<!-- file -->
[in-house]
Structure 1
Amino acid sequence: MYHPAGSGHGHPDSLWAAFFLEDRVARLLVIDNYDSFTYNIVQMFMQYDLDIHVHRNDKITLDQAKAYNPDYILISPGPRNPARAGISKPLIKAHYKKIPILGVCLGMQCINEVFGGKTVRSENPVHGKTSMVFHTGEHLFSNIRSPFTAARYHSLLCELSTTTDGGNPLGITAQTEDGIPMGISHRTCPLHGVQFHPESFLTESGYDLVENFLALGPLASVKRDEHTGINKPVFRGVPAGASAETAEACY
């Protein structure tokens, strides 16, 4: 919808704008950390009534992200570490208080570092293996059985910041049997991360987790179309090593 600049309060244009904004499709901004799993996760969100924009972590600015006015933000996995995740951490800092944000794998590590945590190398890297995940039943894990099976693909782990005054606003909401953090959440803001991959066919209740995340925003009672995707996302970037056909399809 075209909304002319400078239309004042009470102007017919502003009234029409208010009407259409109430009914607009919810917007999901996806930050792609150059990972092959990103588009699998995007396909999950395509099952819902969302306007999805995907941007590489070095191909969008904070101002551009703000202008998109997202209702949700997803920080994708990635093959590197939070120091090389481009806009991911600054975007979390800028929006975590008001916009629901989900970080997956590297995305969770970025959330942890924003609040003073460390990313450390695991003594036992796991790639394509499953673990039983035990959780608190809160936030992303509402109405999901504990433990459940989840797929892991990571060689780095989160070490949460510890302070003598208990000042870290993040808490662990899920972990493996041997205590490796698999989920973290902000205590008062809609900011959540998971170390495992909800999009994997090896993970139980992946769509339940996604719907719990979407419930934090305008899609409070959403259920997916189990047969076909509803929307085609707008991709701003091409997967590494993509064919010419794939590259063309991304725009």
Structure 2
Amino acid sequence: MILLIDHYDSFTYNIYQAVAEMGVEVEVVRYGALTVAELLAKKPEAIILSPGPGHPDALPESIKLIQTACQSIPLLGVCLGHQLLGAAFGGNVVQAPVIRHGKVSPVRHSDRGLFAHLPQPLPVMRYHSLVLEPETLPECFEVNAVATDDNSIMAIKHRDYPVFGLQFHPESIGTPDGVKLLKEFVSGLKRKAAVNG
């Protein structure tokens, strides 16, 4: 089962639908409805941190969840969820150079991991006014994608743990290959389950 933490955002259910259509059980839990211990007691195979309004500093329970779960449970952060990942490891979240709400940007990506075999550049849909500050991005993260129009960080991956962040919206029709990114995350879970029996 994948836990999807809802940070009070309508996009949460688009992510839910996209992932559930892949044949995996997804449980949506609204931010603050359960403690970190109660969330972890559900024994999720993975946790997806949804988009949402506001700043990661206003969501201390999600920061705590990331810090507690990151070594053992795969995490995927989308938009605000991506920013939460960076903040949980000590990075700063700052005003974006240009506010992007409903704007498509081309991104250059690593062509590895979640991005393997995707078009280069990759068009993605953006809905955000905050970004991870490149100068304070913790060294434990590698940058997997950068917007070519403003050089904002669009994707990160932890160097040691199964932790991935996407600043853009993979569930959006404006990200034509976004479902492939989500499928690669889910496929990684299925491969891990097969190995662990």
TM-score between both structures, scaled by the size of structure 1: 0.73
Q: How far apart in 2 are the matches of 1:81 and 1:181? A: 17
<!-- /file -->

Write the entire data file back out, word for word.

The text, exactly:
[in-house]
Structure 1
Amino acid sequence: MYHPAGSGHGHPDSLWAAFFLEDRVARLLVIDNYDSFTYNIVQMFMQYDLDIHVHRNDKITLDQAKAYNPDYILISPGPRNPARAGISKPLIKAHYKKIPILGVCLGMQCINEVFGGKTVRSENPVHGKTSMVFHTGEHLFSNIRSPFTAARYHSLLCELSTTTDGGNPLGITAQTEDGIPMGISHRTCPLHGVQFHPESFLTESGYDLVENFLALGPLASVKRDEHTGINKPVFRGVPAGASAETAEACY
């Protein structure tokens, strides 16, 4: 919808704008950390009534992200570490208080570092293996059985910041049997991360987790179309090593 600049309060244009904004499709901004799993996760969100924009972590600015006015933000996995995740951490800092944000794998590590945590190398890297995940039943894990099976693909782990005054606003909401953090959440803001991959066919209740995340925003009672995707996302970037056909399809 075209909304002319400078239309004042009470102007017919502003009234029409208010009407259409109430009914607009919810917007999901996806930050792609150059990972092959990103588009699998995007396909999950395509099952819902969302306007999805995907941007590489070095191909969008904070101002551009703000202008998109997202209702949700997803920080994708990635093959590197939070120091090389481009806009991911600054975007979390800028929006975590008001916009629901989900970080997956590297995305969770970025959330942890924003609040003073460390990313450390695991003594036992796991790639394509499953673990039983035990959780608190809160936030992303509402109405999901504990433990459940989840797929892991990571060689780095989160070490949460510890302070003598208990000042870290993040808490662990899920972990493996041997205590490796698999989920973290902000205590008062809609900011959540998971170390495992909800999009994997090896993970139980992946769509339940996604719907719990979407419930934090305008899609409070959403259920997916189990047969076909509803929307085609707008991709701003091409997967590494993509064919010419794939590259063309991304725009």
Structure 2
Amino acid sequence: MILLIDHYDSFTYNIYQAVAEMGVEVEVVRYGALTVAELLAKKPEAIILSPGPGHPDALPESIKLIQTACQSIPLLGVCLGHQLLGAAFGGNVVQAPVIRHGKVSPVRHSDRGLFAHLPQPLPVMRYHSLVLEPETLPECFEVNAVATDDNSIMAIKHRDYPVFGLQFHPESIGTPDGVKLLKEFVSGLKRKAAVNG
């Protein structure tokens, strides 16, 4: 089962639908409805941190969840969820150079991991006014994608743990290959389950 933490955002259910259509059980839990211990007691195979309004500093329970779960449970952060990942490891979240709400940007990506075999550049849909500050991005993260129009960080991956962040919206029709990114995350879970029996 994948836990999807809802940070009070309508996009949460688009992510839910996209992932559930892949044949995996997804449980949506609204931010603050359960403690970190109660969330972890559900024994999720993975946790997806949804988009949402506001700043990661206003969501201390999600920061705590990331810090507690990151070594053992795969995490995927989308938009605000991506920013939460960076903040949980000590990075700063700052005003974006240009506010992007409903704007498509081309991104250059690593062509590895979640991005393997995707078009280069990759068009993605953006809905955000905050970004991870490149100068304070913790060294434990590698940058997997950068917007070519403003050089904002669009994707990160932890160097040691199964932790991935996407600043853009993979569930959006404006990200034509976004479902492939989500499928690669889910496929990684299925491969891990097969190995662990």
TM-score between both structures, scaled by the size of structure 1: 0.73
Q: How far apart in 2 are the matches of 1:81 and 1:181? A: 17